Legal Briefs: News From Around NH

NHPR to host national correspondent, NH justice commission releases report ... and more

Sarah MccammonNH Public Radio and UNH Law to host NPR’s National Correspondent, Sarah McCammon

NH Public radio and the Warren B. Rudman Center for Justice, Leadership & Public Service at the University of New Hampshire School of Law, will host National Public Radio National Correspondent Sarah McCammon as the next speaker in their Justice & Journalism series on Thursday, March 30 at 5:30 p.m.  at UNH Law, 2 White Street in Concord.

Sarah McCammon’s work focuses on political, social and cultural divides in America, including abortion and reproductive rights, and the intersections of politics and religion. She has received regional and national journalism awards, including the Atlanta Press Club’s “Excellence in Broadcast Radio Reporting” award in 2015. She was part of a team of NPR journalists that received a first-place National Press Club award in 2019 for their coverage of the Pittsburgh synagogue attack.

This event is free and open to the public, but registration is required.  NHPR’s Rick Ganley, host of NHPR’s  “Morning Edition,” will lead the conversation with McCammon about the climate in politics in the nation’s capital and beyond. McCammon will also take questions from the audience, and questions will be moderated by Laura Knoy, director of community engagement at the Rudman Center.

McLane Middleton’s Christopher Walsh admitted to NH State Bar

Attorney Christopher J. Walsh, of McLane Middleton, has been admitted to the New Hampshire State Bar. He focuses his practice on white collar criminal defense, government and internal investigations, and other high-stakes commercial litigation.  He represents organizations and individuals in matters involving allegations of fraud, misconduct, corruption, price fixing, collusion, unfair and deceptive business practices, and breach of contract, among others.  In 2016, the Financial Times North America Innovative Lawyers report recognized Walsh for his legal strategy that led to his client being freed after 30 years of wrongful imprisonment. Walsh can be reached at the firm’s Manchester office at (603) 628-1140 or

Former New Hampshire DOJ advocate for victims and witnesses joins Nixon Peabody

Joelle Donnelly Wiggin, who served as an advocate with the New Hampshire Department of Justice’s Office of Victim and Witness Assistance, has joined Nixon Peabody’s Government Investigations & White-Collar Defense practice. She spent more than 15 years in various roles with the NH Attorney General’s office before joining Nixon Peabody as a victim specialist/paralegal.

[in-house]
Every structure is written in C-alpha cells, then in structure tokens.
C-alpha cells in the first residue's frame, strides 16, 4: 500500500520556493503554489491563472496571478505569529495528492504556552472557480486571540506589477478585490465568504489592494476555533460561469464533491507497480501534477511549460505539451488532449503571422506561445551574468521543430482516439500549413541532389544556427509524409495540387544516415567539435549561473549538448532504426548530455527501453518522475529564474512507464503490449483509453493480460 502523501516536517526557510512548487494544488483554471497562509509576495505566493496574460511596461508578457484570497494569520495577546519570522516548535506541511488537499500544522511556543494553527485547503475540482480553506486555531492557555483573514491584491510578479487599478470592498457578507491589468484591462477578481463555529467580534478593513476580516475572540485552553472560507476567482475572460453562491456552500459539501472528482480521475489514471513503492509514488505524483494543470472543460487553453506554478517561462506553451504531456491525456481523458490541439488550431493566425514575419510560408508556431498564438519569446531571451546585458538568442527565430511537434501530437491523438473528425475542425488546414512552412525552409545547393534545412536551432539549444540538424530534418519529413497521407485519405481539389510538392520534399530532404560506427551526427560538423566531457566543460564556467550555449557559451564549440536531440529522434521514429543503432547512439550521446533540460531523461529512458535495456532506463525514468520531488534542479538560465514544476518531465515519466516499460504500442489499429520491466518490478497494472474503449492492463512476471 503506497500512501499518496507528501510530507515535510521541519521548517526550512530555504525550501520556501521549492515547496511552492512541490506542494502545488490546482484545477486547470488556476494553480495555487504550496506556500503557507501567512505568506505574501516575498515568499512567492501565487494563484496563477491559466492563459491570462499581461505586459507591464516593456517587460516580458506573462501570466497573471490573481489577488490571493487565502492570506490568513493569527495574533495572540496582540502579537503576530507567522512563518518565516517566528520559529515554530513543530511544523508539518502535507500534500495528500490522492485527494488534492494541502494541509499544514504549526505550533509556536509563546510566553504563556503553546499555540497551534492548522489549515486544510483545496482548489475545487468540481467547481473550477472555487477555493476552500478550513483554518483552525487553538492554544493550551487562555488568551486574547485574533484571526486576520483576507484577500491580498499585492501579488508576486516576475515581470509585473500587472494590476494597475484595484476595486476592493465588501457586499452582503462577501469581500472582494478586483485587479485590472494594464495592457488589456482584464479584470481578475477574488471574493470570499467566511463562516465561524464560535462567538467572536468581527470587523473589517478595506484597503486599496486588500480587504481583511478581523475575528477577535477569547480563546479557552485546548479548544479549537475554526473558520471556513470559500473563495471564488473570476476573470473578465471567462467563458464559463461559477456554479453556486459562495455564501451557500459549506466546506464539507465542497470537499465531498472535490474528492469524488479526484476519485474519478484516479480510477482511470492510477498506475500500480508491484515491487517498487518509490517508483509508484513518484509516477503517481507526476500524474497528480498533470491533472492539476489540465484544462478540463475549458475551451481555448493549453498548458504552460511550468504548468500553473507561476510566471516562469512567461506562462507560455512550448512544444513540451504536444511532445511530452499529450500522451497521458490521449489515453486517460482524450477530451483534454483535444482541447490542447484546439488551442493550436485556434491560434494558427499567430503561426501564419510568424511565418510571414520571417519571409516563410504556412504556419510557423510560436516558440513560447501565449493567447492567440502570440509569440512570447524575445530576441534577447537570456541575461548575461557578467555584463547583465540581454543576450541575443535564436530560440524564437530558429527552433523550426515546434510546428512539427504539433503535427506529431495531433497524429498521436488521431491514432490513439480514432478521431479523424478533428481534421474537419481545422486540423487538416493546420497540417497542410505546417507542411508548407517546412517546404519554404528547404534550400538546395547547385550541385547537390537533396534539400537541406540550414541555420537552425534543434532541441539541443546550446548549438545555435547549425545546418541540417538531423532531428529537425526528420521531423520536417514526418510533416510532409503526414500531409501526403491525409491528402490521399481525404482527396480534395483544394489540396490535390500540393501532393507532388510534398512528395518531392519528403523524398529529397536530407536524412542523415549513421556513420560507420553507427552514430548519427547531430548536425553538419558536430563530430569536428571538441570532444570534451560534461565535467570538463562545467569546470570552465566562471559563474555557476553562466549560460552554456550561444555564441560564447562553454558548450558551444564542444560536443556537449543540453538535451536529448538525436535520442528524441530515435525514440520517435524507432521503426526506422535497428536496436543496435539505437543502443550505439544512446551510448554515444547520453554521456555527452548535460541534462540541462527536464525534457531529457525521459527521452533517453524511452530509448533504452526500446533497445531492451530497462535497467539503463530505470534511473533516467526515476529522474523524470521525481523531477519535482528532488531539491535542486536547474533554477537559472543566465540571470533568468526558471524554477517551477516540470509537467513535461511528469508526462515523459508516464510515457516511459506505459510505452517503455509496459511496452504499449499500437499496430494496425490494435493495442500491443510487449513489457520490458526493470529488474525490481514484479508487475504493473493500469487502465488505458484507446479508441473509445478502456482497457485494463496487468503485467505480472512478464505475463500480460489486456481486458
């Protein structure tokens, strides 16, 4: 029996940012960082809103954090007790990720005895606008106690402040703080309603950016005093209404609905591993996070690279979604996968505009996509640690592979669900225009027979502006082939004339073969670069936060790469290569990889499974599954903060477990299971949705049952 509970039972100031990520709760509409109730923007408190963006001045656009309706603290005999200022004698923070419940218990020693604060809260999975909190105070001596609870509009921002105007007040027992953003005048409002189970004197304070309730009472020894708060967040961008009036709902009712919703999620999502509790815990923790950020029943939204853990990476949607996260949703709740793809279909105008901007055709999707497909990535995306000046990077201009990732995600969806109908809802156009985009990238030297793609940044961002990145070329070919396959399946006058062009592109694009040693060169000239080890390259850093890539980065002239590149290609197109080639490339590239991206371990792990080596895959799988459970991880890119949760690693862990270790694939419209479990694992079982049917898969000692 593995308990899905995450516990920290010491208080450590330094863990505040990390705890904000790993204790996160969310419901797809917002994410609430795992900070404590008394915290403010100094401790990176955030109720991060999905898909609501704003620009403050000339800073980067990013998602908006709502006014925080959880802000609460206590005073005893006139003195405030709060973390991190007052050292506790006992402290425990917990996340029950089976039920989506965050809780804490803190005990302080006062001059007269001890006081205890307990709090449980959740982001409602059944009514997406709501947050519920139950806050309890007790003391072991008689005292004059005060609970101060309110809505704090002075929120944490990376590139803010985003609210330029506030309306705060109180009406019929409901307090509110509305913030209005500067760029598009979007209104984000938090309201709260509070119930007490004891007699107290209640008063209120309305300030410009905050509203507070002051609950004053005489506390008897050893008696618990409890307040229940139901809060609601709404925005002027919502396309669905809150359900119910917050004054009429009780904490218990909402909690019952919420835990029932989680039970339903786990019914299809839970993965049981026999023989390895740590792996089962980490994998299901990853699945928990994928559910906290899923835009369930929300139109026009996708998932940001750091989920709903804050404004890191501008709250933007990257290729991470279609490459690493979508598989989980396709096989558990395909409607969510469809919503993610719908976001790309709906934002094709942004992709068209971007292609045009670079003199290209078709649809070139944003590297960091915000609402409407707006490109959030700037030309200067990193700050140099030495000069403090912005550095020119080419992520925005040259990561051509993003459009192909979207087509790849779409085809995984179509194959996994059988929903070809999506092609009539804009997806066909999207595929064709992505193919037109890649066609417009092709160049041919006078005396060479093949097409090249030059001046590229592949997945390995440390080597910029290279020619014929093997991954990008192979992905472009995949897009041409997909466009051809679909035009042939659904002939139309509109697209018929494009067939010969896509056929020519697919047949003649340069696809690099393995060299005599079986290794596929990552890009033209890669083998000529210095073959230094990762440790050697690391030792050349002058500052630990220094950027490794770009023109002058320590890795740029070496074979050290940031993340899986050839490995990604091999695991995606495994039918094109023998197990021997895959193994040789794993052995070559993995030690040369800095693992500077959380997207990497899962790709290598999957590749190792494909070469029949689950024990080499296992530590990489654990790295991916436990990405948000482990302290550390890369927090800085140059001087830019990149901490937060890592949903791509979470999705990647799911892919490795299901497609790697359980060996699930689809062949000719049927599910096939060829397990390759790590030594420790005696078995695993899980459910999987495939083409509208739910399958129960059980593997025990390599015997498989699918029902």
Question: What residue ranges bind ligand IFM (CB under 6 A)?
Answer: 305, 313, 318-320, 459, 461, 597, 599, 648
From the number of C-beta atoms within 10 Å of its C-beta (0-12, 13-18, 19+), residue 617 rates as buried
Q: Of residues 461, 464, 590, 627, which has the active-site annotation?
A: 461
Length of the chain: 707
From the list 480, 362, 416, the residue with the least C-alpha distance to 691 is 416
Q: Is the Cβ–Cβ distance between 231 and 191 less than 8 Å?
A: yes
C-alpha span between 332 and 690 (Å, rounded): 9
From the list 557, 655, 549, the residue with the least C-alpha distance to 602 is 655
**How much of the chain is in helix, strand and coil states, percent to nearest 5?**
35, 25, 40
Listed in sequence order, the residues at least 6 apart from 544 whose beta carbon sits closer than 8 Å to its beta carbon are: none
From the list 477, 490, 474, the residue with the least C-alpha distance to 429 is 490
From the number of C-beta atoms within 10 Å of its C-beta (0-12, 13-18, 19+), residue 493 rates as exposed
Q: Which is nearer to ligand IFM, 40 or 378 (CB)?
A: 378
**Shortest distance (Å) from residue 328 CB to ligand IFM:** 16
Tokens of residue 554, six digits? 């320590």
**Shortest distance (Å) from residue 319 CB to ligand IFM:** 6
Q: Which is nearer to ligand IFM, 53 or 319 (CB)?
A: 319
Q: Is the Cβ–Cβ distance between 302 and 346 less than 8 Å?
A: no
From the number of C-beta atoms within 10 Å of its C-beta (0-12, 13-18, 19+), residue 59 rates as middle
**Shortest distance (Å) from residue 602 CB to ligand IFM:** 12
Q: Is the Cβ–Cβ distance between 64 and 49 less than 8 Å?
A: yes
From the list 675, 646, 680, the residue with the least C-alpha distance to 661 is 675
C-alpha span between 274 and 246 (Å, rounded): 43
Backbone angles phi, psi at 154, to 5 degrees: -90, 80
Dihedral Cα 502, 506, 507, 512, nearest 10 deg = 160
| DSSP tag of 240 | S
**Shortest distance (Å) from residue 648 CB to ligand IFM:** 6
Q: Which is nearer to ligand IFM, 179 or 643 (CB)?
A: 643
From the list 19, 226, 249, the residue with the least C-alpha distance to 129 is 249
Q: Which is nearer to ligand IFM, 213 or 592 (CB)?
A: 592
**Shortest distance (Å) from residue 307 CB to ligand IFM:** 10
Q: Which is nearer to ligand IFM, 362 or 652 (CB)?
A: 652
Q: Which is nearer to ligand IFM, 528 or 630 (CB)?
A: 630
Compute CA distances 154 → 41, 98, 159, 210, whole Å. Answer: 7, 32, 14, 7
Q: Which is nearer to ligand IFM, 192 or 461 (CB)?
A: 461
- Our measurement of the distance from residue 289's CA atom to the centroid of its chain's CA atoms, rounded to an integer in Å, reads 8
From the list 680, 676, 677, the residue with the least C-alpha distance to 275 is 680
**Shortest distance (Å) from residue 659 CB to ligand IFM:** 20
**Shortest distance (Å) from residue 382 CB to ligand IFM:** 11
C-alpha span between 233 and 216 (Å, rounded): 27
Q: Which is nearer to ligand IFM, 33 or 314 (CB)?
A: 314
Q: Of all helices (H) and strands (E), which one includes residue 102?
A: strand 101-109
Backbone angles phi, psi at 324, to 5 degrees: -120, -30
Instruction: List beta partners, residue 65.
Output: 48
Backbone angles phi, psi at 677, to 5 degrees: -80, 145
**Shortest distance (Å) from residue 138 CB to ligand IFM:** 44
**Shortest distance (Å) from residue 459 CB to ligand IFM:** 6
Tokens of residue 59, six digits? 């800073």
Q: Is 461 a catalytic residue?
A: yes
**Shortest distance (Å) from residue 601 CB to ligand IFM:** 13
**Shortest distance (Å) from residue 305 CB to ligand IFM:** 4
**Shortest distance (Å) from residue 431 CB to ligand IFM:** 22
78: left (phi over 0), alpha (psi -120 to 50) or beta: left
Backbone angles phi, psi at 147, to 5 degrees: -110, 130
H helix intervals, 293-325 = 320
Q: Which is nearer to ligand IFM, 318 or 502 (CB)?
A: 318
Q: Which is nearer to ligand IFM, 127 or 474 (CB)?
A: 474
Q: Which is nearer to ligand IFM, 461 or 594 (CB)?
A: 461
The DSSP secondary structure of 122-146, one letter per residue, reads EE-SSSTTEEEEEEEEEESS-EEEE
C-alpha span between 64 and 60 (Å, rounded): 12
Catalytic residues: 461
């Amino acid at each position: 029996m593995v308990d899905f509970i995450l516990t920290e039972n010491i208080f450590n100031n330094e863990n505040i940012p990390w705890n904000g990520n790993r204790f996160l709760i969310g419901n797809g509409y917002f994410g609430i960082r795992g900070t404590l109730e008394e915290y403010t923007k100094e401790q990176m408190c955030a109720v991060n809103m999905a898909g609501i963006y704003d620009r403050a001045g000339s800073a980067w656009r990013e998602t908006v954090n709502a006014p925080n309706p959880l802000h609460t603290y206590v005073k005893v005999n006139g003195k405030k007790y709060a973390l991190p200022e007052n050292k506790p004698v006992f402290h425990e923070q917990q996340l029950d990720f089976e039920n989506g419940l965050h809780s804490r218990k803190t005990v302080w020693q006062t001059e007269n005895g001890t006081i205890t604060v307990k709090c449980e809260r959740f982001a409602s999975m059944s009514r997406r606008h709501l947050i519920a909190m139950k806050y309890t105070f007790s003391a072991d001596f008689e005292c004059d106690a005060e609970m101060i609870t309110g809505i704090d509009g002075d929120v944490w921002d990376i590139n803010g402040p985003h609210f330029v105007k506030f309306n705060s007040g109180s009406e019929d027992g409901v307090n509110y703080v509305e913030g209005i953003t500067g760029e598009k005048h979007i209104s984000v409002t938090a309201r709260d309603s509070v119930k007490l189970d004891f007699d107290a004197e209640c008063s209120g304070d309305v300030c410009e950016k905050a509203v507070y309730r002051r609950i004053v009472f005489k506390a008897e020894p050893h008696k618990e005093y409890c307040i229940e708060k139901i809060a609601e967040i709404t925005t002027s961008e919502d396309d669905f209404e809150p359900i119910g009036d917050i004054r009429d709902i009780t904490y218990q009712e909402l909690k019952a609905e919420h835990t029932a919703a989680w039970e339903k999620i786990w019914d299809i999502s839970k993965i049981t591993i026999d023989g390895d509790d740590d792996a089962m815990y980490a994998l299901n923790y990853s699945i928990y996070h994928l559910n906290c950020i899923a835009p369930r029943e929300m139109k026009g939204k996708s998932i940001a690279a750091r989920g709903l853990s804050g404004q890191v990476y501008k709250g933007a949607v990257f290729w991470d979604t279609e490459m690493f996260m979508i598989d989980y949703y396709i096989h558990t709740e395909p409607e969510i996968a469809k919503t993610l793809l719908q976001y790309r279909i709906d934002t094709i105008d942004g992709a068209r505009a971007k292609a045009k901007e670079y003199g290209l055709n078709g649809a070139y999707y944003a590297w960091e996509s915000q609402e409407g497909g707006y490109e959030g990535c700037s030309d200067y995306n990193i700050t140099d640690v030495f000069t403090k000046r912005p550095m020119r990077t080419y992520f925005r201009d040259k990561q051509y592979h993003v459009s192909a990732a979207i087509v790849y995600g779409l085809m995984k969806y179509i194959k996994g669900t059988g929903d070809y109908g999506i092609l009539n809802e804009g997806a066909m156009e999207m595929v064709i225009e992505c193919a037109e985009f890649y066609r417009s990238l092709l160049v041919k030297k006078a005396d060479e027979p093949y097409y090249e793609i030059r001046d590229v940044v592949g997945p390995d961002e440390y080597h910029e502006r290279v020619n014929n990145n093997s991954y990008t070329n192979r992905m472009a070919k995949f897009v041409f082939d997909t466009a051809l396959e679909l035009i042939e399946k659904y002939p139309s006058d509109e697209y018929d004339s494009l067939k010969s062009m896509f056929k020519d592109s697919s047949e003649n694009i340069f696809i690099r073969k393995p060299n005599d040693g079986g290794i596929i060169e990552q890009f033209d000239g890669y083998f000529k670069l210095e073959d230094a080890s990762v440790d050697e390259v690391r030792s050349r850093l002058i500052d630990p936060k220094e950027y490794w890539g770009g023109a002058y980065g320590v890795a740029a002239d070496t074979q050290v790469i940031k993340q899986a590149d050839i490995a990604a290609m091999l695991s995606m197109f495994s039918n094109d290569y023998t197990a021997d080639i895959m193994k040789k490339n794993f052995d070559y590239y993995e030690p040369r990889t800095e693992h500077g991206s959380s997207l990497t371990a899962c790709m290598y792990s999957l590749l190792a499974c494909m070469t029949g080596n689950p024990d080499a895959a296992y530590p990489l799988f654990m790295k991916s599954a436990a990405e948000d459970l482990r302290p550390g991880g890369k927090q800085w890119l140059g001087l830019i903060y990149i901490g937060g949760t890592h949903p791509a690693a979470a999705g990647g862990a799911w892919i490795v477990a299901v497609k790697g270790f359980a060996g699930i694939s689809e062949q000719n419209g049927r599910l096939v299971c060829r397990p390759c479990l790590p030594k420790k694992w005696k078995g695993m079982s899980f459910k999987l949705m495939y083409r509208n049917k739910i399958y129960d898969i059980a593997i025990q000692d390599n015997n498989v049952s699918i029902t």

As an advocate, Joelle provided on-call crisis intervention and support services for families and friends who lost loved ones in homicide and suspicious death cases across the state, while also working with the witnesses of these cases. She was also a member of the state Attorney General’s office’s Cold Case Unit, focusing on unsolved homicides, suspicious deaths, and missing person cases in which foul play was suspected.

She earned her master’s degree in public administration with a concentration in criminal justice form the University of North Carolina at Pembroke, and a bachelor’s degree from the University of New Haven.

NH Access to Justice Commission releases 2022 Annual Report

The New Hampshire Access to Justice Commission released its 2022 Annual Report on its progress in addressing the legal needs of disadvantaged Granite Staters, outlining the commission’s accomplishments for the year and sharing their focus for 2023. 

In 2021, the commission completed a civil legal needs assessment, led by New Hampshire Legal Assistance Executive Director Sarah Mattson-Dustin, which provided research on pro bono services and made recommendations to the New Hampshire Supreme Court, including the assignment of a part-time court staff member to support the Commission, substantive changes to increase pro bono services, and the piloting of the Court Navigator Program in Circuit Courts. The commission also restructured to form five task forces to improve New Hampshire’s Justice Index scores. 

“New Hampshire scored low on the Justice Index,” commission co-chair Mark Rouvalis says. “As a result of that, we reorganized into five different task forces with the idea of making improvements. First, to see whether the information in the survey accurately characterized the efforts that we already had in place. And second, to look for ways where we could improve on the issues that were identified as being problematic. We have made substantial progress in looking to improve on areas in the Justice Index where we needed improvement, and now we are looking at how best to use ARPA monies to advance infrastructure that will serve the state in the long term.” 

 The full 2022 report can be found on the Judicial Branch’s website:

Categories: Law